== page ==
And what of the nature of this progress? Wishy-washy references substitute for focus on the strategic and tactical elements that helped Australia’s success. We see simplistic graph projections in musty hotel boardrooms suggesting which Test sessions Australia need to win. We see Langer exhorting his squad to focus on “one ball at a time”. One episode focuses on T20 and ODI captain Aaron Finch’s batting struggles, but glosses over the media scrutiny this attracted at the time – given his place at the top of the batting order – and suggests that the solution was a bit more time in practice. I’m hardly a cricket expert, but I doubt it was that simple. At times, The Test treats the cricket itself as an irksome sideshow that he struggled to fit into the teleology that the series required.
The blind spots in Brown’s whiggish interpretation led me to consider the sacrifices required by a filmmaker who commits to an extended journey with a sporting team or individual player. Granted, I don’t have much knowledge of the financial and contractual intricacies of the industry. But I wonder what Brown might have produced if the Australian cricket team, for instance: never revived its good name; never cohered as a squad without Smith and Warner; or never returned to its pre-ball tampering form. For how long does the filmmaker continue invest their time and resources in the squad, hoping for a revival? If the team maintained its dismal late-2018 form, would he bail out? Might the head coach force him to stop filming? Or would he try to fabricate a success story because – like President Johnson in Vietnam – he has invested too much to lose face?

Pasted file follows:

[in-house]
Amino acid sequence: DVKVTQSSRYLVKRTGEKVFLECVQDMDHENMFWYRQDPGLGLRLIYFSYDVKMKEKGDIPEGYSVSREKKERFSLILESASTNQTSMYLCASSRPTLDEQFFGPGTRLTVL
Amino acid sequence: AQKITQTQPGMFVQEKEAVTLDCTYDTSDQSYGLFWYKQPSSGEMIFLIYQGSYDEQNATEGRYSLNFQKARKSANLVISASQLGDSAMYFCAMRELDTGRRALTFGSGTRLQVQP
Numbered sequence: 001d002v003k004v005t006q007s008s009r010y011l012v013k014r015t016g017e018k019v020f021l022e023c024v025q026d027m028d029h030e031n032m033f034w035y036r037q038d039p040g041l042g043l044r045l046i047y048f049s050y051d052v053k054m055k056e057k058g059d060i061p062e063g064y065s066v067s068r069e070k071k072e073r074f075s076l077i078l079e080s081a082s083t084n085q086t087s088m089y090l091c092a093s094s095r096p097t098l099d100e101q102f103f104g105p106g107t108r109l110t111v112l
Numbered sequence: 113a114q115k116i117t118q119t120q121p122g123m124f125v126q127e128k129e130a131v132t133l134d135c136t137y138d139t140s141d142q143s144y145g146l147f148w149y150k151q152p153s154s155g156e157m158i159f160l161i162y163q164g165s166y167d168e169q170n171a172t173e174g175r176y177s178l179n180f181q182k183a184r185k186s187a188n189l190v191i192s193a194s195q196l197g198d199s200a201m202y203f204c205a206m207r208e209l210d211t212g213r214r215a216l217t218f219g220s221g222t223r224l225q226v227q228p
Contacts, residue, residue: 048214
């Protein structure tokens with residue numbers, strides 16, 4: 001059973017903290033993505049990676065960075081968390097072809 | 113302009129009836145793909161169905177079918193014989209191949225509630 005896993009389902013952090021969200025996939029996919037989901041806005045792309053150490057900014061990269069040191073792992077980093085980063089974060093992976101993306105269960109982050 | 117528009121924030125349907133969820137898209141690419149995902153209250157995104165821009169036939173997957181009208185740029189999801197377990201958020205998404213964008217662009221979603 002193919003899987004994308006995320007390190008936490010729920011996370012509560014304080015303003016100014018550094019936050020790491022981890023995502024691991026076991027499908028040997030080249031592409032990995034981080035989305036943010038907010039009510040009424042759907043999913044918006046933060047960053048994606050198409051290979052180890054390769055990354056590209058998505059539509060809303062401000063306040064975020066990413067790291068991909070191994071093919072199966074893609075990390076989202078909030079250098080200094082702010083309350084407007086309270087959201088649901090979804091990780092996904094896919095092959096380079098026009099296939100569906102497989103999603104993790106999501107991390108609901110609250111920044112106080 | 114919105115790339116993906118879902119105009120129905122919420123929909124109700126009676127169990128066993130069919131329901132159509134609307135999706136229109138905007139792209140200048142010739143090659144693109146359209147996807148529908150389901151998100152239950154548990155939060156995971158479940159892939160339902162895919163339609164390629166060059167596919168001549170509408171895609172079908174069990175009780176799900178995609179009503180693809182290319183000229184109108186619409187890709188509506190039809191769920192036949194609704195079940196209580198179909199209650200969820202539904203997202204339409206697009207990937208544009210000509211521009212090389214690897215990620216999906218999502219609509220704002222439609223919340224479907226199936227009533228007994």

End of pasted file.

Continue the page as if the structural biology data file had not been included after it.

While there is a sense of jeopardy for Langer and the team in the doldrums of late 2018, the editing of the series portrays a positive arc such that later losses are blips: an inspired performance (like Stokes’ at Headingley); low energy; or bad luck. Maybe by last summer there was nothing fundamentally wrong with the team, but Brown’s framing seems to assume that good results will come. In fact, Australia drew the Ashes – rather than winning outright – which leads to a somewhat confused, less triumphant crescendo than he might have hoped. Nuance is lost in service to the story and leaves the viewer to contemplate realities beyond the locker room.
At least Brown’s 18-month investment paid off. The revival of the Australian cricket team must rank as one of the greatest sporting stories of the last two years. Everybody loves an underdog, and the depiction of triumph over adversity is the most relatable tool in the filmmaker’s arsenal. Some whiggish editorial decisions are ultimately necessary to create a narrative of excitement and entertainment, building to the final victory. Viewers can never expect a full, objective picture; but equally, they should be under no illusion that they are going to get one.
Nowadays, a whiggish approach looks facile and anachronistic for writers or politicians – who still employ this selective history to rouse their nations in a time of pandemic crisis. But even Herbert Butterfield, writing in 1944, conceded that whig history has its uses. In the entertainment realm, there is no better way to convey a sporting story of redemption. Even if the results had not come for Australia, framing The Test around conduct and reputation ensures a happy ending: internal critics are silenced; the nation’s respect for its cricket team is restored. Perhaps the Whig Interpretation of Sport is here to stay.